For years, there has been no professional wrestling event more celebrated, anticipated, and iconic than WWE’s WrestleMania. The annual pay-per-view event has been an entertainment staple since its birth in 1985. The event often features celebrity guests, live music performances, awe-inspiring moments, and the culmination of some of the best rivalries in professional wrestling history.
This year’s event marked the 33rd time that fans tuned in from all over the world to witness the prestigious event, which aired live on the WWE Network from Camping World Stadium in Orlando, Florida on April 2, 2017. With this year’s edition of the “Showcase of the Immortals” still fresh in our minds, PopWrapped is ranking the top ten greatest WrestleMania matches of all time.
10. WrestleMania XIX – Shawn Michaels vs Chris Jericho
We begin the list with a match that usually doesn’t see the same kind of attention that many other WrestleMania matches receive when discussing the true greats. In the months leading up to WrestleMania XIX, Chris Jericho began a feud with “Mr. WrestleMania” himself, Shawn Michaels. Eventually, the bad blood between the two became so intense, that the feud could only be settled on “the grandest stage of them all” in front of 54,000 fans in Seattle, Washington.
The feud was built around the heel Jericho’s belief that Michaels was well past his prime and hogging the spotlight from up-and-comers like himself. Interestingly enough however, Jericho later stated in his 2007 autobiography, Lionheart: Around the World in Spandex, that he actually idolized Michaels as a child and considered him to be his main inspiration for becoming a wrestler. To date, Jericho cites this feud and subsequent matchup as his favorite from his entire career.
The match itself told an interesting story of an aggressive young superstar attempting to prove to himself and the world that he truly had what it took to beat the best. However, Jericho would end up losing the match following a quick roll-up that caught Y2J by surprise. Following the bout, the two men appeared to embrace as a sign of mutual respect. However, immediately following the embrace, the revolting Jericho hit Michaels with a low-blow, bringing fan hatred of his character to a record high and further solidifying Y2J as one of the company’s most despicable villains.
9. WrestleMania X – Shawn Michaels vs Razor Ramon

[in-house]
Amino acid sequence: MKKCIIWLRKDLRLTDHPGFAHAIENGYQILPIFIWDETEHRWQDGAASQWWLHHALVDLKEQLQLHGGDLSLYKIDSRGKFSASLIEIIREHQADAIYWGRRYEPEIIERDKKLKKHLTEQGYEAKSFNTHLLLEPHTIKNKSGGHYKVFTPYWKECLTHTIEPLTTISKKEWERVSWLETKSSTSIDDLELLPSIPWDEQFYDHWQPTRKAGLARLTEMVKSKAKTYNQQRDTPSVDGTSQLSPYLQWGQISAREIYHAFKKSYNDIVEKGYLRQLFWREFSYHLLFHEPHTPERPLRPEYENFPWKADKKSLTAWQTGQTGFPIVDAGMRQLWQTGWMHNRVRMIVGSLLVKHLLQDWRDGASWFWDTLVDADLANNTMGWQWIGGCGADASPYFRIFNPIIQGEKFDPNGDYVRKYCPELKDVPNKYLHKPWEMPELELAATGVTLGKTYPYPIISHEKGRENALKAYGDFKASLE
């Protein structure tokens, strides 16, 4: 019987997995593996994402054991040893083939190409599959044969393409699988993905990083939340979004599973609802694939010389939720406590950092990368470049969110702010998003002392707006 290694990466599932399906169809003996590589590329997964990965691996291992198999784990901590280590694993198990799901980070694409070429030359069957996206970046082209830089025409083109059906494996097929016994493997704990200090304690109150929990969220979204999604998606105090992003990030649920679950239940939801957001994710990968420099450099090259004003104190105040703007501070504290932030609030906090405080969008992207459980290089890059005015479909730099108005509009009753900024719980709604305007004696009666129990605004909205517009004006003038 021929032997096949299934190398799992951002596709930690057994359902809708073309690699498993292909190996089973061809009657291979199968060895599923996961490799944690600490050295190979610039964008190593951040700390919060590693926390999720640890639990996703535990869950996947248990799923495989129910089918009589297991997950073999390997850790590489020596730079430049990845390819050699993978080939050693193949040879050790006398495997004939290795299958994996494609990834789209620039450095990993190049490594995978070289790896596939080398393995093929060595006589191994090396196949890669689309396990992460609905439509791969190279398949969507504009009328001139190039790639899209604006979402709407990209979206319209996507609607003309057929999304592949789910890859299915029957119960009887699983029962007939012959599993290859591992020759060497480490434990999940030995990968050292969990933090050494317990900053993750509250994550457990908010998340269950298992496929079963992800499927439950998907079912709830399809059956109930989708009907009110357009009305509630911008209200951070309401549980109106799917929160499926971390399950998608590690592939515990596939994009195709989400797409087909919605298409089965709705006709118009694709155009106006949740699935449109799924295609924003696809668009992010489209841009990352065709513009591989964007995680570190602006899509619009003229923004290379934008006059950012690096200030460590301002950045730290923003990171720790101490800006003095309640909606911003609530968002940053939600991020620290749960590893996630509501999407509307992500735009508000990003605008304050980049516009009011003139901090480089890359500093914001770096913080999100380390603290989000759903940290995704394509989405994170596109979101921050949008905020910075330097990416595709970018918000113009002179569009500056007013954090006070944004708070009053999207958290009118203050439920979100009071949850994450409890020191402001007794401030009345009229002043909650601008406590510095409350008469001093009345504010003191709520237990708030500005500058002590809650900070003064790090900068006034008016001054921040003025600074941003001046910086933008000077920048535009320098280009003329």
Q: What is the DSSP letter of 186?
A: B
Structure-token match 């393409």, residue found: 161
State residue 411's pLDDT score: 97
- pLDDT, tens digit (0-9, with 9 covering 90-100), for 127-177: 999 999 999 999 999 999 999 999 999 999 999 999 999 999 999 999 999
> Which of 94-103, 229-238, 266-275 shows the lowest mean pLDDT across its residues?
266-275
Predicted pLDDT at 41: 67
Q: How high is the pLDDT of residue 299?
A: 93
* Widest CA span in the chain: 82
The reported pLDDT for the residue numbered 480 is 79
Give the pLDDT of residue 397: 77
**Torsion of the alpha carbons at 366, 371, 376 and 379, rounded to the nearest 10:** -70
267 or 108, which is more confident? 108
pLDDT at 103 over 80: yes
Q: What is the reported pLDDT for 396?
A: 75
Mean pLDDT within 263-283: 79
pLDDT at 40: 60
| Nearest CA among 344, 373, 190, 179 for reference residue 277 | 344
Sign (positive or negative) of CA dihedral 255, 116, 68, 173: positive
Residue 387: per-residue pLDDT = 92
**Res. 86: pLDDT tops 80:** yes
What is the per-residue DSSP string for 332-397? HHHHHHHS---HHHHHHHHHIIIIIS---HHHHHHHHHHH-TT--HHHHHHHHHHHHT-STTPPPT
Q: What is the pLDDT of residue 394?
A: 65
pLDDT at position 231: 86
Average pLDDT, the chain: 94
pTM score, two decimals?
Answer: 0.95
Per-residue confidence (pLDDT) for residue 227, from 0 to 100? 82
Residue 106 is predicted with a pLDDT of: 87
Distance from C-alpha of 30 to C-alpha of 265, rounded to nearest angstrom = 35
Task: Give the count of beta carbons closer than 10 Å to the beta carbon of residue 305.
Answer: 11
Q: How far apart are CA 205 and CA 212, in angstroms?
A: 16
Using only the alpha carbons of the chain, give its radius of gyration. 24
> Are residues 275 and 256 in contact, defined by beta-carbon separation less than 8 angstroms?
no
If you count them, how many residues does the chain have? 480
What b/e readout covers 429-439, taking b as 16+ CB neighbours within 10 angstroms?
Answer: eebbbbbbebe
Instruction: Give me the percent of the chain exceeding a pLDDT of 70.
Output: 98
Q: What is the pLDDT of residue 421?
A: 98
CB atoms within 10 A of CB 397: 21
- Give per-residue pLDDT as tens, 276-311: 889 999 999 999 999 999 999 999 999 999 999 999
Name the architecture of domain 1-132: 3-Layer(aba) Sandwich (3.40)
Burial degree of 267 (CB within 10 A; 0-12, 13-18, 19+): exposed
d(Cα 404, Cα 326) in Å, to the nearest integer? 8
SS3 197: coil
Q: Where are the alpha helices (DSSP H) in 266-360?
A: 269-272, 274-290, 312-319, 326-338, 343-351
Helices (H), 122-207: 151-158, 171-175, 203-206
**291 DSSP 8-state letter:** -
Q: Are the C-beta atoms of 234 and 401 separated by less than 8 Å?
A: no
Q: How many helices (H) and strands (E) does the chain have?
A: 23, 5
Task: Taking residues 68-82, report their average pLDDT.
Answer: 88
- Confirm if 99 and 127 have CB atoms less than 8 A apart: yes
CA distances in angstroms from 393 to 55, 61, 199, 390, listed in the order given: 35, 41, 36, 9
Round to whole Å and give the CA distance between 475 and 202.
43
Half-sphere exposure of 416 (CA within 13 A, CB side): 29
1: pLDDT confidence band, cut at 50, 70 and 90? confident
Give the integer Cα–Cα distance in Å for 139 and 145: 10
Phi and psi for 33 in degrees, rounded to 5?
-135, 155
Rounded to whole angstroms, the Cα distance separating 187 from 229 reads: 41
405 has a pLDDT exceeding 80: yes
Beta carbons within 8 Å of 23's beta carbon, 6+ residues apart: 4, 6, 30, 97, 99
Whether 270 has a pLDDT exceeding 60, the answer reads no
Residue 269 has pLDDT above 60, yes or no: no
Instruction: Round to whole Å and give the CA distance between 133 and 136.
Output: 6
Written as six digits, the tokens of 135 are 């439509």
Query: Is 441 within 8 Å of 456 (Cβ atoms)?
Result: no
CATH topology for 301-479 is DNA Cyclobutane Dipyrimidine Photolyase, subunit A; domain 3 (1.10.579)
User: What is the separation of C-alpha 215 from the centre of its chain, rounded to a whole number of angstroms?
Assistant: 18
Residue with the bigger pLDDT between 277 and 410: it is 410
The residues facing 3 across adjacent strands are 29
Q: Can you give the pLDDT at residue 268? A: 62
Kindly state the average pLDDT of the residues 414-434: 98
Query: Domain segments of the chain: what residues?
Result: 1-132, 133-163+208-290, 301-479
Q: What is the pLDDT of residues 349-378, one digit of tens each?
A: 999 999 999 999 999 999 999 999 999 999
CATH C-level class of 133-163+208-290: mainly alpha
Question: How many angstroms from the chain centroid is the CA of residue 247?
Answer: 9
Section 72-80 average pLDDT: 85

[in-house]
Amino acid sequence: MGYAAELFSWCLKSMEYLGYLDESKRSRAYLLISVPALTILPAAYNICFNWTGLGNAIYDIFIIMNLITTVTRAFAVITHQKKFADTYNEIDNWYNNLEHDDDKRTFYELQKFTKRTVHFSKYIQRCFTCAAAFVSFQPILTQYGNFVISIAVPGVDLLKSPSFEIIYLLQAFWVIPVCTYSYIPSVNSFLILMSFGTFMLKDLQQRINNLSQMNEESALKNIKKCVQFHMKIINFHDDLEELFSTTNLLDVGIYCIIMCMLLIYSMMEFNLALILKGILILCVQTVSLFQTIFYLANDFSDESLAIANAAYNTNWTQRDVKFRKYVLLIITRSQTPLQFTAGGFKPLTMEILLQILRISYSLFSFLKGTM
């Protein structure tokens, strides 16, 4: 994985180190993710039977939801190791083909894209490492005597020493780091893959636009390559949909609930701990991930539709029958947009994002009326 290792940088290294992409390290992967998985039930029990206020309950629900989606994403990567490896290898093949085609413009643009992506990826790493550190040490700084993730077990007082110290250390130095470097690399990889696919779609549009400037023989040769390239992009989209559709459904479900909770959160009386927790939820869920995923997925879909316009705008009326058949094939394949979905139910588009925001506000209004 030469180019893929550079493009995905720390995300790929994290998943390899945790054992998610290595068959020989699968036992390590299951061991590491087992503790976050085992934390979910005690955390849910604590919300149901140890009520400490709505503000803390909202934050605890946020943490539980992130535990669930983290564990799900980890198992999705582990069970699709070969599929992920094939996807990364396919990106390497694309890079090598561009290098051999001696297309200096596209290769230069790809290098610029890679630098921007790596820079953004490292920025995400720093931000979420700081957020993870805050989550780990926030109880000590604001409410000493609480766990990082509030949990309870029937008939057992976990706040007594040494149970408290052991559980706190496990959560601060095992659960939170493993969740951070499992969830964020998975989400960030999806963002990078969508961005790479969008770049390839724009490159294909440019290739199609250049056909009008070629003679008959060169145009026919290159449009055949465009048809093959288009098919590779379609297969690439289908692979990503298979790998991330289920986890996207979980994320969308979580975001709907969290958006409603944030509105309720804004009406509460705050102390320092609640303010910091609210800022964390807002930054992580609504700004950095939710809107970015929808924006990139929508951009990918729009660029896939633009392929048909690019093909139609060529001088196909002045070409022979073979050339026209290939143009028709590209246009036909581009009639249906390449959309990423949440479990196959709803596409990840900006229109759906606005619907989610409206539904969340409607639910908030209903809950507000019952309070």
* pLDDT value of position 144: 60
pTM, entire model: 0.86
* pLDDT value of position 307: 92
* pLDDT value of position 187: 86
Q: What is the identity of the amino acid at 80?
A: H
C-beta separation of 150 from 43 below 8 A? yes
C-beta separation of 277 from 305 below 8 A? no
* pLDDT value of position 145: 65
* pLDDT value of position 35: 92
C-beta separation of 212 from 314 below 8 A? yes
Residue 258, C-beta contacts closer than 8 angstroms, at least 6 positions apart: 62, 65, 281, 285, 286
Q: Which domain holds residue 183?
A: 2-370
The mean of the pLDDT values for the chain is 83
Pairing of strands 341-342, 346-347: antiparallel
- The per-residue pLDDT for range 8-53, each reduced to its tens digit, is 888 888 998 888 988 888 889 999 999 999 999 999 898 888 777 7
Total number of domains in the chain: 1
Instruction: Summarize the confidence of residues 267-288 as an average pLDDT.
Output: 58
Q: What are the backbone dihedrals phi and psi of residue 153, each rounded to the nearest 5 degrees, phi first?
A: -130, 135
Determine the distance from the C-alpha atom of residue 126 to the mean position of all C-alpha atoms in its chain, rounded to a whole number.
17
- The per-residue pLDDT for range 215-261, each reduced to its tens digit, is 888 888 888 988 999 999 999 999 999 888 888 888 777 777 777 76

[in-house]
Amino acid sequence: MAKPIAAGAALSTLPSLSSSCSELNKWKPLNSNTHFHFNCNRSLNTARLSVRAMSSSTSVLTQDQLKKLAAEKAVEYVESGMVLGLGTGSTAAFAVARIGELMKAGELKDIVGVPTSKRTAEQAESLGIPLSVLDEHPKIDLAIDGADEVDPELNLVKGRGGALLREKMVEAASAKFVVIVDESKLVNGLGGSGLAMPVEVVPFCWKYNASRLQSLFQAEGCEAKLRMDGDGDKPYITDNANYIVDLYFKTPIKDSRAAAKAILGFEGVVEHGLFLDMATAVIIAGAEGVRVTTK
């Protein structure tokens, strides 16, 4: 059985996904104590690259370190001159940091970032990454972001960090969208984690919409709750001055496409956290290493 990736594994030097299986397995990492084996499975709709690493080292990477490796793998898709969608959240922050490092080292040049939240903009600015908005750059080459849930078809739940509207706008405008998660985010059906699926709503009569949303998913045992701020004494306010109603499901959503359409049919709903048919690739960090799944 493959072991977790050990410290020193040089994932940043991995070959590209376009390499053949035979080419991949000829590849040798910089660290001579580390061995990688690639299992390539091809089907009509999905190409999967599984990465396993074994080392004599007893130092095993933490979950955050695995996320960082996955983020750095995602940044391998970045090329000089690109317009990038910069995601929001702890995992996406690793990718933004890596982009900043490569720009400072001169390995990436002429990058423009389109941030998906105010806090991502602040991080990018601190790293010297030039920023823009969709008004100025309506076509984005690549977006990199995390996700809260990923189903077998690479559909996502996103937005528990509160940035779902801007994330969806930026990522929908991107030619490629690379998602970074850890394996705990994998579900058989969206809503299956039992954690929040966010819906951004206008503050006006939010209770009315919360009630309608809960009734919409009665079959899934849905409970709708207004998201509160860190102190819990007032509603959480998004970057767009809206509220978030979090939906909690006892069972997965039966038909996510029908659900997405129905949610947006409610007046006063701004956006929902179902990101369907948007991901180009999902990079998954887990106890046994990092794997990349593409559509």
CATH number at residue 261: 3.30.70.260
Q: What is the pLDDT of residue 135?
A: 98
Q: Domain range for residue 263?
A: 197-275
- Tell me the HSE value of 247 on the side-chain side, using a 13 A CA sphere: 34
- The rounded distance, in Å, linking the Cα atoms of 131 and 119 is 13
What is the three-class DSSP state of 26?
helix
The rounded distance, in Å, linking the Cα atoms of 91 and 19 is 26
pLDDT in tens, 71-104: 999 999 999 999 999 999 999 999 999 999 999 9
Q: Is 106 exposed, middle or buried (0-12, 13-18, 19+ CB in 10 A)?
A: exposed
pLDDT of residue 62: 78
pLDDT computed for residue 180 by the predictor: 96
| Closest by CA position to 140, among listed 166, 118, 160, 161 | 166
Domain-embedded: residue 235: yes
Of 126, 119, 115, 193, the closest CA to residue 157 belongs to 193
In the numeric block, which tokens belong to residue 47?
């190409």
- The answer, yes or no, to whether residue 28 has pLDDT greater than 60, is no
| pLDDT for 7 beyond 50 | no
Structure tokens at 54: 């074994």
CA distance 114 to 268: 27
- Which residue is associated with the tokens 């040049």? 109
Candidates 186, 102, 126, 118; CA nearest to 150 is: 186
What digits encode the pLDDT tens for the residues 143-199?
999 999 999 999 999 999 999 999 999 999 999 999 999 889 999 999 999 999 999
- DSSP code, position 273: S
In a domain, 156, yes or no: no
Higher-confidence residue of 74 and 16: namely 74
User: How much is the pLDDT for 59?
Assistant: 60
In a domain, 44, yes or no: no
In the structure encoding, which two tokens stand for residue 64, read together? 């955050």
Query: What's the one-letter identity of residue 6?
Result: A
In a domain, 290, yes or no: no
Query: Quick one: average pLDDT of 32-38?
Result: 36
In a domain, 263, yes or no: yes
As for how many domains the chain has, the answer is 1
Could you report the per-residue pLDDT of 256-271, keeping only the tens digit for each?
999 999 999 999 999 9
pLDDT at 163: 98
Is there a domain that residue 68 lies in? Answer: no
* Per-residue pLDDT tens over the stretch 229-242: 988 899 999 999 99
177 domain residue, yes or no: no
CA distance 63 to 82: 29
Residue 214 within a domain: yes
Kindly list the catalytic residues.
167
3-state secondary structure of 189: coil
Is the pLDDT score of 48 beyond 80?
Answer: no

The next entrant on our list again features Shawn Michaels, albeit a full nine years earlier in his career. Razor Ramon and Shawn Michaels competed in one of WWE’s earliest incarnations of a ladder match for the prestigious Intercontinental Championship. The match took place in front of 18,000 fans at Madison Square Garden in New York City.
Razor Ramon and Michaels first began their feud in late 1993 after Michaels (working heel at the time) was, in storyline, stripped of his Intercontinental Championship for refusing to defend it. Eventually, the company crowned a new Intercontinental Champion in Razor Ramon after “The Bad Guy” won a 20-man battle royal match to obtain it.
Because Michaels had never actually lost the title, a storyline was constructed during early 1994 that there were two rightful Intercontinental Champions. Soon, Michaels had his own belt made and declared himself the rightful champ. He challenged Razor to a match at that year’s WrestleMania to decide who the true Intercontinental Champion was once and for all.
The resulting brutal and creative match went on to become a new standard for ladder matches in the industry, as well as redefine what could be done inside a wrestling ring. Though Michaels is credited as the first innovator of the ladder match, it was Razor Ramon who emerged victorious after tossing Michaels off the top of the ten-foot ladder.
8. WrestleMania XXVI – Shawn Michaels vs The Undertaker
The eighth entrant on our list is a match that often gets overlooked in favor of its predecessor, but is still one of the greatest WrestleMania bouts of all time. Sure enough, it again features the “Heartbreak Kid,” this time, in the final match he ever competed in.